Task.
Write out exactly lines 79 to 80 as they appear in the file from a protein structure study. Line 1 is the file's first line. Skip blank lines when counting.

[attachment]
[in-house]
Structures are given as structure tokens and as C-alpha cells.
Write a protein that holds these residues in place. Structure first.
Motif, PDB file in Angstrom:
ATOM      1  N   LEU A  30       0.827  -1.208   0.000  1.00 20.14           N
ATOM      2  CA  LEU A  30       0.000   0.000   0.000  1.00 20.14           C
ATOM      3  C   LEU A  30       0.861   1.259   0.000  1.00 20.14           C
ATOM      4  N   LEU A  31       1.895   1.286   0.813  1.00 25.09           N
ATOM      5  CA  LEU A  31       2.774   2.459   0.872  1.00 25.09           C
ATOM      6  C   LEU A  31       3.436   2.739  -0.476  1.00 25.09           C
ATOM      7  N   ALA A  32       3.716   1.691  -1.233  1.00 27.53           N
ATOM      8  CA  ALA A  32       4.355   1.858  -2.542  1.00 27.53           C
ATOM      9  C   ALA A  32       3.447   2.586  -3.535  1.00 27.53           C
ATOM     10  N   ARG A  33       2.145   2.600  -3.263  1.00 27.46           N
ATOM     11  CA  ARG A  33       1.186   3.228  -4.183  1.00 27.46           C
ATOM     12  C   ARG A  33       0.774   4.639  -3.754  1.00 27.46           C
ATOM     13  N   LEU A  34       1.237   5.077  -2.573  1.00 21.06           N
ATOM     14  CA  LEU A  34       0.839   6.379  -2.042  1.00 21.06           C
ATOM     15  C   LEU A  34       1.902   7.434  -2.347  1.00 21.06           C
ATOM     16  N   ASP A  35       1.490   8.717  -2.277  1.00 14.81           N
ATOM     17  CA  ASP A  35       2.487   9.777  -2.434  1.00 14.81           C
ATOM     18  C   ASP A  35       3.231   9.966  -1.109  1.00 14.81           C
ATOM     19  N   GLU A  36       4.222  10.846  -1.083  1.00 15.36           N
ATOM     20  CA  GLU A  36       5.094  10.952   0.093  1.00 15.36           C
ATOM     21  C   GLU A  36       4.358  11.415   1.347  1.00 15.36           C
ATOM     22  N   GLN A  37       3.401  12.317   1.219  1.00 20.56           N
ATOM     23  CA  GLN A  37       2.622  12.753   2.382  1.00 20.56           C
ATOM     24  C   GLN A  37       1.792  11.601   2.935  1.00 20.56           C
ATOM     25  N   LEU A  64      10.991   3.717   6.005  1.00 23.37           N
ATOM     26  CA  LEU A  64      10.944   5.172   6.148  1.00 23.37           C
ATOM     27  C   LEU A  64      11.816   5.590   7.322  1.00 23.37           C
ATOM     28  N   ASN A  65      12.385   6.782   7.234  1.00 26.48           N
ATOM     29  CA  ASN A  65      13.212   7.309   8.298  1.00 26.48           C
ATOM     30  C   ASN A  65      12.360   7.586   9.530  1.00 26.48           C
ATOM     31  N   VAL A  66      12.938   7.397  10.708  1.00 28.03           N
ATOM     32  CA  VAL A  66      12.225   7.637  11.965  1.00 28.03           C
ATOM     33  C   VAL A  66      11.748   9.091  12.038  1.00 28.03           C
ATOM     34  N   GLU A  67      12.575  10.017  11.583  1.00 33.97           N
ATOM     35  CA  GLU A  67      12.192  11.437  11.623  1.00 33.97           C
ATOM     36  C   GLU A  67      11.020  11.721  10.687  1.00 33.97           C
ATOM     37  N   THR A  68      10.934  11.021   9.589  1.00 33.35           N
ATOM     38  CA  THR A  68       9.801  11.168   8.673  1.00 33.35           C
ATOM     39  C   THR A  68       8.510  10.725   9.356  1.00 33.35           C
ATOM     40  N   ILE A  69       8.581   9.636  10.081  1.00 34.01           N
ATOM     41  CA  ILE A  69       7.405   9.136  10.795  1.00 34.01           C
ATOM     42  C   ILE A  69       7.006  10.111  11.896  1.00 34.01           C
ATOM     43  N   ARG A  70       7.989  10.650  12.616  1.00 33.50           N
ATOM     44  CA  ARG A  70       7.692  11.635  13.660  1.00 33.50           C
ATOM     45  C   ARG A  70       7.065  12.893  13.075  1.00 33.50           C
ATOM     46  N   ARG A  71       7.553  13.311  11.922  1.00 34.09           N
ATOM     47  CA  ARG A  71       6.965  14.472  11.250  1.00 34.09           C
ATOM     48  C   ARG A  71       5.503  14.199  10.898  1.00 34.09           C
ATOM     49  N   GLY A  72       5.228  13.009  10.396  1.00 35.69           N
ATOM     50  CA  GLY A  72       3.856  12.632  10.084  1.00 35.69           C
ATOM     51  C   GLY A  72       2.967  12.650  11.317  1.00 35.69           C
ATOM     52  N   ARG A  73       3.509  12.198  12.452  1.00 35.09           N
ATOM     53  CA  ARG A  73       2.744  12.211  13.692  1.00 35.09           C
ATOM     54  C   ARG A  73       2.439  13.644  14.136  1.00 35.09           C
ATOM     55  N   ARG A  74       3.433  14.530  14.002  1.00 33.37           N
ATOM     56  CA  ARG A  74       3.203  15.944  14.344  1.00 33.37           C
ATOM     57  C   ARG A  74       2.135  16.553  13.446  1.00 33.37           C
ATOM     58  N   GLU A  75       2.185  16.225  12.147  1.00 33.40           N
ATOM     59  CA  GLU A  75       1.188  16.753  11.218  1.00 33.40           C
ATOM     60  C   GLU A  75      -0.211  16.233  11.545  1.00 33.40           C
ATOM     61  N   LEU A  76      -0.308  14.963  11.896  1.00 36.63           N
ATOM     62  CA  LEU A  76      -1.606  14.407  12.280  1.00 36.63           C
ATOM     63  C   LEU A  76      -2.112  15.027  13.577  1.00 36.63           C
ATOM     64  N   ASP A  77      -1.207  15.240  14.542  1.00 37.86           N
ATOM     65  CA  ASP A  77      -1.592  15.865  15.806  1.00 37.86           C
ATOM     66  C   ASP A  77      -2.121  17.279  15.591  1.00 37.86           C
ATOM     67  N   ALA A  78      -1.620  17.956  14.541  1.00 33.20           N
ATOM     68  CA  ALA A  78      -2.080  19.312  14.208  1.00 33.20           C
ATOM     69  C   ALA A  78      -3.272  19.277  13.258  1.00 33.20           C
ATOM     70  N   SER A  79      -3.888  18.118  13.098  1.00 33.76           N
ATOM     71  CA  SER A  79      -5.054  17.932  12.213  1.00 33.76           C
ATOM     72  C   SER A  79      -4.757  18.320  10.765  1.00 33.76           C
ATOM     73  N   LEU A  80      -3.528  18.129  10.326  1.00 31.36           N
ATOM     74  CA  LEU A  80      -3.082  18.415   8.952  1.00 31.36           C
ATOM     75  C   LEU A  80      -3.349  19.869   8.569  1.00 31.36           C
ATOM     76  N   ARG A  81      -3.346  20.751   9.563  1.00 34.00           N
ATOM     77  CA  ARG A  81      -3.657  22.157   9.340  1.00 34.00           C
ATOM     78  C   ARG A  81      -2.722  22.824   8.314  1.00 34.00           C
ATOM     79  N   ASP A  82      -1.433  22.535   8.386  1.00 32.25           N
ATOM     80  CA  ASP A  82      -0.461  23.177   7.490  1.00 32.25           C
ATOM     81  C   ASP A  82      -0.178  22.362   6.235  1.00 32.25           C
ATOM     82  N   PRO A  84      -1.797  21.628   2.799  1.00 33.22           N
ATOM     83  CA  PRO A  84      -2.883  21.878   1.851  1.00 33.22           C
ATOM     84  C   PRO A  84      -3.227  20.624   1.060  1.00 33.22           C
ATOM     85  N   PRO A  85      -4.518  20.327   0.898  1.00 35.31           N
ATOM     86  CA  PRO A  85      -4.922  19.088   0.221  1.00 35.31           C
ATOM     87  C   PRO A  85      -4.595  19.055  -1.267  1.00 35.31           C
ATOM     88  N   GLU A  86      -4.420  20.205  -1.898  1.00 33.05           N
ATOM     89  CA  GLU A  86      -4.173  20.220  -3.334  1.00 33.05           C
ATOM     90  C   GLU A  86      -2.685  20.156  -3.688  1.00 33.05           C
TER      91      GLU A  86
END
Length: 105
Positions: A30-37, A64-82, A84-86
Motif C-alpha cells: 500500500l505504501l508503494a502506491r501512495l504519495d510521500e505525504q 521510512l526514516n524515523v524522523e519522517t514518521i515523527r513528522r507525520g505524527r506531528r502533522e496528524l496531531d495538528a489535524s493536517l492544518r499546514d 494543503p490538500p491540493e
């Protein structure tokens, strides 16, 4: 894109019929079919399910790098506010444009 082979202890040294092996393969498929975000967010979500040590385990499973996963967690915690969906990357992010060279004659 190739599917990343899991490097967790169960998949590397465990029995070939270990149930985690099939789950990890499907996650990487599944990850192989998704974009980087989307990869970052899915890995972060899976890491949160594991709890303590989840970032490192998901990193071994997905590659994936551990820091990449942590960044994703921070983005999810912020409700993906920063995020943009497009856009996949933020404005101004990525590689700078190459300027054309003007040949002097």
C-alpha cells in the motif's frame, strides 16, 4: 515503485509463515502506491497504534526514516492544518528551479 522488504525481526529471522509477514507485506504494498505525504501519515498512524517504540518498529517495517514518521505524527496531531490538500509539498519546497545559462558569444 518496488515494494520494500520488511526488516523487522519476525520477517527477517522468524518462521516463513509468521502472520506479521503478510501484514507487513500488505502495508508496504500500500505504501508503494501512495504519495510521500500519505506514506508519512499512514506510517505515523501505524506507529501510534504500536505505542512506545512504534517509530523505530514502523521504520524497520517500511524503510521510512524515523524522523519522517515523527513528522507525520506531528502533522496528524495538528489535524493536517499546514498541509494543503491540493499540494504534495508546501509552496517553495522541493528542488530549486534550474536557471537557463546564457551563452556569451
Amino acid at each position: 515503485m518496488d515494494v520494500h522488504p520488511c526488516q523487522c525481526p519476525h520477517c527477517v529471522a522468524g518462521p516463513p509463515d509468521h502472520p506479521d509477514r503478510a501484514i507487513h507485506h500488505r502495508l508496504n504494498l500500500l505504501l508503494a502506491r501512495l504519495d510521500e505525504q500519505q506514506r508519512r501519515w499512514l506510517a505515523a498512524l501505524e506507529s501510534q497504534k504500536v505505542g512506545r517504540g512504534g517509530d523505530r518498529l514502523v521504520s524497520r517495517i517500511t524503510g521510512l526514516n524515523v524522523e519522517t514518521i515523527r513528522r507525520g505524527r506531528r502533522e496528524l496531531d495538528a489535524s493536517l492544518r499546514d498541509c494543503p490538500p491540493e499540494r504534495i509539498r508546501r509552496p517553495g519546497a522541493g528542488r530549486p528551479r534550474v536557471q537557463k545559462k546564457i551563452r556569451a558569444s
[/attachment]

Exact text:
ATOM     75  C   LEU A  80      -3.349  19.869   8.569  1.00 31.36           C
ATOM     76  N   ARG A  81      -3.346  20.751   9.563  1.00 34.00           N